When I was at school, my teacher was very strict on punctuality – she would lock the door to the auditorium at 8.50am, sharp. She claimed it taught us an important life lesson, that we would need to be on time for work every day when we eventually found ourselves out in the working world. I remember being dismissive of this, thinking“what employer would rate their employees on their ability to be at a desk by a certain time, instead of their ability to do their job well?”.
It turns out I was either extremely forward thinking, or very naive, because it appears after my 15 years since leaving school, that timekeeping is actually very important to a lot of people! And in some cases I can understand it – for prearranged meetings, it’s a mark of respect to show up on time and well prepared. But I disagree with early starts being expected simply as a sign of diligence – particularly when it’s accompanied by late finishes! I think this archaic notion of putting in facetime is counterintuitive and actually makes us under productive and increasingly prone to making mistakes. Where possible, we should encourage flexible working – it helps with home life balance, not just for working mums but also working dads, and working people who don’t have children, and working single people! It’s good for everyone!
At the WIPM conference last year I was struck by the number of people who mentioned the need for flexible working and asked how we even broach the topic with the ‘old guard’. The answer was simple, but not easy, particularly after so many years of conditioning: Just do it. Just arrive later, and leave earlier. Do your work of course. But be more structured about your daily schedule and use your time well. Make sure you are clear on your deliverables – weekly/monthly. Allow time to be more strategic and plan ahead. Discuss your progress with your client/manager, so they know what you’re achieving. And then just stand up, and leave. Because if we keep doing exactly what we’ve done, then people will keep expecting exactly the same in future. We need to make the brave decisions to change things, if not for us, then to make it easier for future generations. Less presenteeism and more being present.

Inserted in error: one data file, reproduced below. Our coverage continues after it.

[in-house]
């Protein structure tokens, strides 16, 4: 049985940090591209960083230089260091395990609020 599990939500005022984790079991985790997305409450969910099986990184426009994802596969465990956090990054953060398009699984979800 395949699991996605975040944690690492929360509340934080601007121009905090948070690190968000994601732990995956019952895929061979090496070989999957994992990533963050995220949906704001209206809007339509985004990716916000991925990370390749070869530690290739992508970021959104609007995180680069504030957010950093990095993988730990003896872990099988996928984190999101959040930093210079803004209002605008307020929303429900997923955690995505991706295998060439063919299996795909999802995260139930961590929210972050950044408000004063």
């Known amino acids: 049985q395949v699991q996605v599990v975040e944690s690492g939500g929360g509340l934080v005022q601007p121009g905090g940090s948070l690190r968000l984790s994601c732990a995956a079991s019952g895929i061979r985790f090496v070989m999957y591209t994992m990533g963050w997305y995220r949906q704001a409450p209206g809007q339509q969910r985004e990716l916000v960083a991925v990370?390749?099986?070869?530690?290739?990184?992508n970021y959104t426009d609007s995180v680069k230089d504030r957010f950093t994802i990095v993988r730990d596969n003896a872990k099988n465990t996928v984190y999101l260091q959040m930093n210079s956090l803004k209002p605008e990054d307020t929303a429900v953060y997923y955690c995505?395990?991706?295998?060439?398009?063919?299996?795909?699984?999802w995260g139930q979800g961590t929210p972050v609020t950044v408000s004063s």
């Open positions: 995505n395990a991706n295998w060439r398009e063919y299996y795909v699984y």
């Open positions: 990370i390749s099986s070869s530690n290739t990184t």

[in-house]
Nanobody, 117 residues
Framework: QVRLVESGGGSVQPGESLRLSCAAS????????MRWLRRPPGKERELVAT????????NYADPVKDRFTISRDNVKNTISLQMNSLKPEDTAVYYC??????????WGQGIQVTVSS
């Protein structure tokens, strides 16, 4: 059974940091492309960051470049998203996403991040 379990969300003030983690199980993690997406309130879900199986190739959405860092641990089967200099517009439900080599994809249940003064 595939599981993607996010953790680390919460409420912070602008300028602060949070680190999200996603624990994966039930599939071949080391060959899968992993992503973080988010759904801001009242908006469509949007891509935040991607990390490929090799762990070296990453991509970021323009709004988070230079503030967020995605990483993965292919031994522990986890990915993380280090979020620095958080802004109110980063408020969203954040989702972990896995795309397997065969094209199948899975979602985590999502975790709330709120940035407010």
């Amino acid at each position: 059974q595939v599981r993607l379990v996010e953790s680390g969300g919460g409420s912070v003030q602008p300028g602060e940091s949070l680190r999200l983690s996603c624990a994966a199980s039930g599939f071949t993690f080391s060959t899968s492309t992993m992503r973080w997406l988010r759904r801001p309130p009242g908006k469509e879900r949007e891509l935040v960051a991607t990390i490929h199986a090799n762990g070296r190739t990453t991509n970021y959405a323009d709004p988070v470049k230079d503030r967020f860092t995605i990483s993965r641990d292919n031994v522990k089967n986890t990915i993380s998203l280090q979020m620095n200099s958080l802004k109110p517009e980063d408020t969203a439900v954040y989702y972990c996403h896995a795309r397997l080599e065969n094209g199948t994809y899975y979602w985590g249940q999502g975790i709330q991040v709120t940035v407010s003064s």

How does it work at your office? Is flexible working encouraged and facilitated? Or is still a case of ‘if you’re not your desk then you’re not working’?